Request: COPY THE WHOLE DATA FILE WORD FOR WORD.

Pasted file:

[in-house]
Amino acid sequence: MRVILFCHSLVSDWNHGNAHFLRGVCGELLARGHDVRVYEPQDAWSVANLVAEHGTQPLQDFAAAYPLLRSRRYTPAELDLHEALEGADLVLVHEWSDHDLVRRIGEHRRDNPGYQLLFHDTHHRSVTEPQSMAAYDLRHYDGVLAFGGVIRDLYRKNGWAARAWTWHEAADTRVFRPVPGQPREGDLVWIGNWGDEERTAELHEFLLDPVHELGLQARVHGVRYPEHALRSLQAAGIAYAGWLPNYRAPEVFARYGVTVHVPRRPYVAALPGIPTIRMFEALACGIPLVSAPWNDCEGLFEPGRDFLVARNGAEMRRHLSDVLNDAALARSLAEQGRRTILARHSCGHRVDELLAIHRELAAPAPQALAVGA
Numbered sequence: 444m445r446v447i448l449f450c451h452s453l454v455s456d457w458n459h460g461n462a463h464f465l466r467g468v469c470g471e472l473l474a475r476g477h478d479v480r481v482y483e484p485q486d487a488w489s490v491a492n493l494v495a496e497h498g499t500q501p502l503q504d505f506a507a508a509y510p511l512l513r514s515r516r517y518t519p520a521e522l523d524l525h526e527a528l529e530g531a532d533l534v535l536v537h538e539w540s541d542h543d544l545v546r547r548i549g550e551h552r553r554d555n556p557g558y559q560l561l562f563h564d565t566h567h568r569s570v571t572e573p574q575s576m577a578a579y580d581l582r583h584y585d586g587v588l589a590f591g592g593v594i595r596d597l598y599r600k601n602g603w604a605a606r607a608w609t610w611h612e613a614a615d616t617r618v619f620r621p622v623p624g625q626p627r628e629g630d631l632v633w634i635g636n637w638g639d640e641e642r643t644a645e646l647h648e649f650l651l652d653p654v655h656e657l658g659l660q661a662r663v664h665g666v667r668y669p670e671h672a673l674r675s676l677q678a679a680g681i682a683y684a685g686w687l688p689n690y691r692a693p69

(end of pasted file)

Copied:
[in-house]
Amino acid sequence: MRVILFCHSLVSDWNHGNAHFLRGVCGELLARGHDVRVYEPQDAWSVANLVAEHGTQPLQDFAAAYPLLRSRRYTPAELDLHEALEGADLVLVHEWSDHDLVRRIGEHRRDNPGYQLLFHDTHHRSVTEPQSMAAYDLRHYDGVLAFGGVIRDLYRKNGWAARAWTWHEAADTRVFRPVPGQPREGDLVWIGNWGDEERTAELHEFLLDPVHELGLQARVHGVRYPEHALRSLQAAGIAYAGWLPNYRAPEVFARYGVTVHVPRRPYVAALPGIPTIRMFEALACGIPLVSAPWNDCEGLFEPGRDFLVARNGAEMRRHLSDVLNDAALARSLAEQGRRTILARHSCGHRVDELLAIHRELAAPAPQALAVGA
Numbered sequence: 444m445r446v447i448l449f450c451h452s453l454v455s456d457w458n459h460g461n462a463h464f465l466r467g468v469c470g471e472l473l474a475r476g477h478d479v480r481v482y483e484p485q486d487a488w489s490v491a492n493l494v495a496e497h498g499t500q501p502l503q504d505f506a507a508a509y510p511l512l513r514s515r516r517y518t519p520a521e522l523d524l525h526e527a528l529e530g531a532d533l534v535l536v537h538e539w540s541d542h543d544l545v546r547r548i549g550e551h552r553r554d555n556p557g558y559q560l561l562f563h564d565t566h567h568r569s570v571t572e573p574q575s576m577a578a579y580d581l582r583h584y585d586g587v588l589a590f591g592g593v594i595r596d597l598y599r600k601n602g603w604a605a606r607a608w609t610w611h612e613a614a615d616t617r618v619f620r621p622v623p624g625q626p627r628e629g630d631l632v633w634i635g636n637w638g639d640e641e642r643t644a645e646l647h648e649f650l651l652d653p654v655h656e657l658g659l660q661a662r663v664h665g666v667r668y669p670e671h672a673l674r675s676l677q678a679a680g681i682a683y684a685g686w687l688p689n690y691r692a693p69